Spacecraft Architects balance openness with moments of retreat in a terraced home on a cliffside in Brooklyn, Te Whanganui-a-Tara.

Bench Marks

Bench Marks

This is the fourth project by Caro Robertson and Tim Gittos, of Spacecraft Architects, that I’ve written about in these pages. There was Sidecar, an extension to a house up north; Block Party, a co-housing scheme in Te Whanganui-a-Tara; and Full Frontage (or 108 Aro St), a three-storey house nestled among older buildings in Aro Valley. With this design, Terraced Plot, a two-bedroom home on a very steep site in Wellington’s Brooklyn, I think I can just say at the start what I’ve danced around before, which is this: in print or online, Spacecraft’s houses can look surprisingly simple and functional. Things are modest. And yet that modesty – a determined simplicity – is by design, rather than a result of necessarily constrained budgets.

Here’s an example of what I’m trying to say. You’d expect that, if given the chance, architects might specify higher-quality products for their homes – some Arne Jacobsen tapware, say. It would likely be nicer to use, and is unquestionably beautiful. (Wouldn’t mind some myself.) But when speaking with Brett Miller, who owns this house with his wife Michelle, things were reversed. “Tim asked me one day, when we were discussing taps, ‘Brett, do you really want to be the guy with the fancy taps? Do you need that?’”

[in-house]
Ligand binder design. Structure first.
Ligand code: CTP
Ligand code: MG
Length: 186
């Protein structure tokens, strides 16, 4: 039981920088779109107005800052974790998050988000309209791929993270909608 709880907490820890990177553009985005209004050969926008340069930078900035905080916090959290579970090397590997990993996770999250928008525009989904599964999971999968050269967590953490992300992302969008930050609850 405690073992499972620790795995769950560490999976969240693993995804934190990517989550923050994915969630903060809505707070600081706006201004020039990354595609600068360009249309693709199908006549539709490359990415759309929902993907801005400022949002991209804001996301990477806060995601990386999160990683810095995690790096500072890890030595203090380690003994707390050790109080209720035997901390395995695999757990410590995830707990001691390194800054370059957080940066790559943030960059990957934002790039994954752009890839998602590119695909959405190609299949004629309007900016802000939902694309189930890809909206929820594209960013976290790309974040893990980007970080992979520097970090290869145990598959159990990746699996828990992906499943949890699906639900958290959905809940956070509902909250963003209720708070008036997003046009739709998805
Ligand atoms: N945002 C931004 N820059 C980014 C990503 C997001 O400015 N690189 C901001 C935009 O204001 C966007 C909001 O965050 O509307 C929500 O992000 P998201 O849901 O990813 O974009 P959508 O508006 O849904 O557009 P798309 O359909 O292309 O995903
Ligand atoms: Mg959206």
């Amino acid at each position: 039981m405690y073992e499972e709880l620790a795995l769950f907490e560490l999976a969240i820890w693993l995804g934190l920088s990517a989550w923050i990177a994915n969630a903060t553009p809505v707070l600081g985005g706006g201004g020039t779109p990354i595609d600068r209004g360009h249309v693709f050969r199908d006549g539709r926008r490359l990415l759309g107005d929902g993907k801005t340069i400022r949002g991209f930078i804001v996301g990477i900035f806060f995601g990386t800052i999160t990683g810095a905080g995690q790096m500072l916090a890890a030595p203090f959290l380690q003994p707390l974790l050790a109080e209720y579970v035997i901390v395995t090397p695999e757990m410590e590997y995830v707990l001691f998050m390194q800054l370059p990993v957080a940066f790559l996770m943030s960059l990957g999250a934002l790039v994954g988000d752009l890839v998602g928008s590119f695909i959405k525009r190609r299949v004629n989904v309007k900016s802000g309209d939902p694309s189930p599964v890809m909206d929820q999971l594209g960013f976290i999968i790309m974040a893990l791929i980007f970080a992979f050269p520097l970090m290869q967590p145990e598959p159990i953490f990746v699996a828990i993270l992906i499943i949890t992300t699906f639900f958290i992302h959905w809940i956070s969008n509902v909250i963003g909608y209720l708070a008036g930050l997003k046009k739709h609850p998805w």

Approaching this house, you have the same sense of things being reduced to essentials. From a carport just off a very windy street on a hillside, you take a long flight of stairs down to the house, approaching it obliquely. And there’s really nothing to see: just a single tin box, with a chimney popping up above the roofline. The valley spreads out beyond, and the house looks very small, very modest, very nondescript.

At the bottom of the stairs, you turn left to the front door. Entering is a surprise: you’re thrown into a much larger space than expected, with slices of the valley now framed and emphasised, including an old pōhutukawa seen through a vertical window in the kitchen down one flight of steps. To the left of the front door is a room with bench space and a sink, used by Michelle for craft; beyond that is a door leading to a vegetable garden on the side of the house. To the right of the front door is the staircase leading up to the two bedrooms; further to the right are the toilet and bathroom. Straight ahead, down one level, are the kitchen and dining areas, with another courtyard at left. Down one more level is the living space, a snug area with a fireplace, bookshelves and another deck. All of this opens up in front of you in an instant, and the inaccessible, steep site suddenly welcomes you to move down and across it.